Office of Religious Freedom–positive promise or political tool?

In 1928, U.S. Republican presidential candidate Herbert Hoover promised voters, “A chicken in every pot. A car in every garage." Hoover didn't invent campaign promises, but he sure hit a grand slam with his chickens and car promise. Too bad about the Great Depression that scuttled Hoover's good intentions.

The promise by Stephen Harper's Conservatives during the recent federal election to establish an Office of Religious Freedom to monitor and promote religious freedom around the world didn't exactly capture the imagination of Canadians, but it is significant in a number of ways.

Taken at face value, the Office of Religious Freedom is based on other similar organizations elsewhere (notably the U.S. State Department's Office of International Religious Freedom). Its goal is nothing short of making religious liberty a fundamental plank in Canada's foreign policy. You only have to look at the so-called “Arab Spring" revolts in the Middle East to see how political upheaval can have tremendous impact (good or bad) on people's right to believe what they will.

So if principle or belief in a “universal good" like religious liberty still matters in how Canada conducts itself in the international community, then the Office of Religious Freedom should be a positive thing.

However, one has to wonder whether the Office could become a political tool not just for a government that plays to conservative Christians as well as other newer, religiously conservative ethnic groups, but also for a secularist Opposition looking for a new religious punching bag.

How, for example, would the Conservative government deal with the legislative attempt by Quebec to interfere with access to health care and educational services for Muslim women who insist on wearing niqab (a cloth which covers the face and worn by some Muslim women as a part of a hijab)? Will the Canadian government have any credibility in defending religious liberty abroad if one of its own provinces discriminates against Muslim women who chose to express their moral and religious beliefs by wearing this obviously religious garb?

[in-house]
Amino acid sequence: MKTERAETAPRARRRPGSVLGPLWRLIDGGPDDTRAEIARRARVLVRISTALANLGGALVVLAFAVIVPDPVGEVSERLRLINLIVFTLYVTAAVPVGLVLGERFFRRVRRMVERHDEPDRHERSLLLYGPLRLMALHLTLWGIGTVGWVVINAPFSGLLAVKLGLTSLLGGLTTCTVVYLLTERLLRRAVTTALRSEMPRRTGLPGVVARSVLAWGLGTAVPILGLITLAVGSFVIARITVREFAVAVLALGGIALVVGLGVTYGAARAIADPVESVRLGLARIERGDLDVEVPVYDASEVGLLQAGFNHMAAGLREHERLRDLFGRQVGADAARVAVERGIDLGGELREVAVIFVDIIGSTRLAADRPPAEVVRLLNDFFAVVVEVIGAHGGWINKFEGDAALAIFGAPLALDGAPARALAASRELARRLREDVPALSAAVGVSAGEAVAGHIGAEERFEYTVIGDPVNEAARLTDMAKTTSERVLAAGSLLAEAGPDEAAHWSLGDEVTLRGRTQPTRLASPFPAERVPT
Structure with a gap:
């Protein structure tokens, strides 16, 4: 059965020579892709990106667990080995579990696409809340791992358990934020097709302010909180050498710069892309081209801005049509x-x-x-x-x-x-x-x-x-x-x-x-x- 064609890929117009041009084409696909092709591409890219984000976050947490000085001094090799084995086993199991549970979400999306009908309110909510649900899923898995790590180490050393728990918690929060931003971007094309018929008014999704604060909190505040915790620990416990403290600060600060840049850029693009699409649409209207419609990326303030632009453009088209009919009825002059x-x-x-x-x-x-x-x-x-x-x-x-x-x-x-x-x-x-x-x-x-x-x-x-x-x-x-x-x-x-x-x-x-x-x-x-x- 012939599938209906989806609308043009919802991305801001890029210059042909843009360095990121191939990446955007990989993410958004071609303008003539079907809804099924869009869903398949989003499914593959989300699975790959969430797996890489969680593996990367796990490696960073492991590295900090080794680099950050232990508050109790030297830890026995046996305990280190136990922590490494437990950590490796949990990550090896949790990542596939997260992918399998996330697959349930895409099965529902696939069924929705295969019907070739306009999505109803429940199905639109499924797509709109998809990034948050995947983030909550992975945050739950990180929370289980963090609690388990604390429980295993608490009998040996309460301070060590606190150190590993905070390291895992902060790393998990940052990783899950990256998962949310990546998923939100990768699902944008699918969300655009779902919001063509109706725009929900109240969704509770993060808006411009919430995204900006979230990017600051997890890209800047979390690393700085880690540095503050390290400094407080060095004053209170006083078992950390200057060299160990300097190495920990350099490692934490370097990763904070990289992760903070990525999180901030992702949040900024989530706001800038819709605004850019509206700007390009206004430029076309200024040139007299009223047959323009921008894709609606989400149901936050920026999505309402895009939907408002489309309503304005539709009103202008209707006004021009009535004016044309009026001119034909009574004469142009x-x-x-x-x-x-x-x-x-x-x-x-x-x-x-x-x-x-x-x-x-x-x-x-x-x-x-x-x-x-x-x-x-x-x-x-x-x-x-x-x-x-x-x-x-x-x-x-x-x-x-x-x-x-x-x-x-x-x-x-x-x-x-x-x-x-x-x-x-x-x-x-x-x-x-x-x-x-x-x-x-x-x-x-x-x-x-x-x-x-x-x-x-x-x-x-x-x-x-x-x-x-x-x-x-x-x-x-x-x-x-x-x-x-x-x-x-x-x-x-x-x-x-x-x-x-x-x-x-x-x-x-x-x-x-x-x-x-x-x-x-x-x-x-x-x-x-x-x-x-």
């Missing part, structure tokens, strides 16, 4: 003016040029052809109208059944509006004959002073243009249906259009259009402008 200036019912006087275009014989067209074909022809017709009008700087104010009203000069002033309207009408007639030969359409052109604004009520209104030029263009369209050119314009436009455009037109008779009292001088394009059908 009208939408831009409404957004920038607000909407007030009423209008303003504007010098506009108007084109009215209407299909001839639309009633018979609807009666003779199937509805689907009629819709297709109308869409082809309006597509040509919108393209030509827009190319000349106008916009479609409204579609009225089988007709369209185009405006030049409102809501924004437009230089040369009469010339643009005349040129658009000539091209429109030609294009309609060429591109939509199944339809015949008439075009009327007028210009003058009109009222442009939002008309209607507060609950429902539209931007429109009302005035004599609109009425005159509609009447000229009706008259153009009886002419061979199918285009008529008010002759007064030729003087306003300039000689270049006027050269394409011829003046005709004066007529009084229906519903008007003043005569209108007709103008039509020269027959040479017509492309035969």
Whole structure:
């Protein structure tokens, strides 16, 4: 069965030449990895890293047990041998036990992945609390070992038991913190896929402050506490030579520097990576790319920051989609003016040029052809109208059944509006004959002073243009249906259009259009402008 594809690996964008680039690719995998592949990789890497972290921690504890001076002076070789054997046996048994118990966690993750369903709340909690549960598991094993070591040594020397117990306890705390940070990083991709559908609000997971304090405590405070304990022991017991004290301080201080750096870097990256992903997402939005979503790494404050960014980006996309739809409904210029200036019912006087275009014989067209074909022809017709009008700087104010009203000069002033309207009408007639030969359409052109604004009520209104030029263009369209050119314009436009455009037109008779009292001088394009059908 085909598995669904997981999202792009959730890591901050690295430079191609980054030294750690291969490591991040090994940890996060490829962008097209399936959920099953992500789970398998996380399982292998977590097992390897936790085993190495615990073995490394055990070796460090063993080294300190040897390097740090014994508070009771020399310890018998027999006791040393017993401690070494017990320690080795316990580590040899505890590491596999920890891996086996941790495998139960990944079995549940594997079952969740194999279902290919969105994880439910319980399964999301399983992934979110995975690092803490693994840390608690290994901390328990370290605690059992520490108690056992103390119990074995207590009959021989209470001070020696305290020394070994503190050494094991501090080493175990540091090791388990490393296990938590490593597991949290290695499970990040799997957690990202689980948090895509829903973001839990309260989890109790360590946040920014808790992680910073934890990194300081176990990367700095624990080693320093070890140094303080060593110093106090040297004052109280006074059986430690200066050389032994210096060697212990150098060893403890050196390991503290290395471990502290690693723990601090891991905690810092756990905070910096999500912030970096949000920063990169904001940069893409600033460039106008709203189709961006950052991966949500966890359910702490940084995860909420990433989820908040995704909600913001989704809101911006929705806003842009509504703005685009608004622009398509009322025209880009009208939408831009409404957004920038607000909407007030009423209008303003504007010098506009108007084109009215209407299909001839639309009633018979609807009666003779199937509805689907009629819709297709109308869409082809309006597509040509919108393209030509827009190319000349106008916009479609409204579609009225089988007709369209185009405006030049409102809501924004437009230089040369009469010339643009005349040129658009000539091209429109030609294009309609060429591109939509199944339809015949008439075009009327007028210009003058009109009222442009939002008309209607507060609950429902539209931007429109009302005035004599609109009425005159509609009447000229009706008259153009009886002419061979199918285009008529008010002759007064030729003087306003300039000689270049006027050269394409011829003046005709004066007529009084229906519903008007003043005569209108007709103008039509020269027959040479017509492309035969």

And what about allegations (whether true or not is debatable) that Israel is interfering with the religious liberties of Christians and Muslims by imposing travel restrictions on worshippers with its controversial West Bank Wall? Will the Conservatives' avowed support for the State of Israel allow for criticism of religious abuses in that nation?

But it isn't just the potential for abuse of the Office of Religious Freedom by the government that should worry us. The NDP, now bloated by largely rabid secularists from fundamentally secular Quebec, may well see the Office as a “tool" for imposing the Conservatives' alleged fondness for “evangelical Christianity" on our foreign policy. Or the Office could be seen as a political tool for solidifying Conservative gains in ridings (particularly in Southern Ontario) where new Canadians have found a home in Stephen Harper's brand of conservatism.

So, with lofty principles come lofty expectations ripe for political plundering.

It would be a shame if the Office of Religious Freedom fell victim to the political games in Ottawa. The World Evangelical Alliance estimates that more than 200 million Christians in at least 60 countries are denied fundamental human rights because of their faith. A 2009 report in the International Bulletin of Missionary Research (Vol. 33, No. 1:32) estimates that if current trends continue, an average of 210,000 Christians will be martyred annually by 2025. Add persecuted Jews, Muslims, Buddhists, Hindus, Sikhs and other faith groups to that number, and the scope of the problem is astronomical.

As we've seen in places like Iran and Egypt, when a political revolution tosses out regimes, radical extremists with a religious bent can usually been seen trying to divide-and-conquer their way to power.

I would like to think that most Canadians support efforts by our federal government to ensure an individual's right to believe and practice what one believes. This is undeniably a critical element for stable democracies. What good is replacing one tyrant who denies you your right to democracy with another tyrant comes along and prohibits you from worshiping your god?

Good on the Conservative government for delivering the Office of Religious Freedom as promised. The principle behind the organization is sound. Its intentions are of the highest order. Let's just hope it does not become just another political tool by shortsighted and selfish Canadian politicians.

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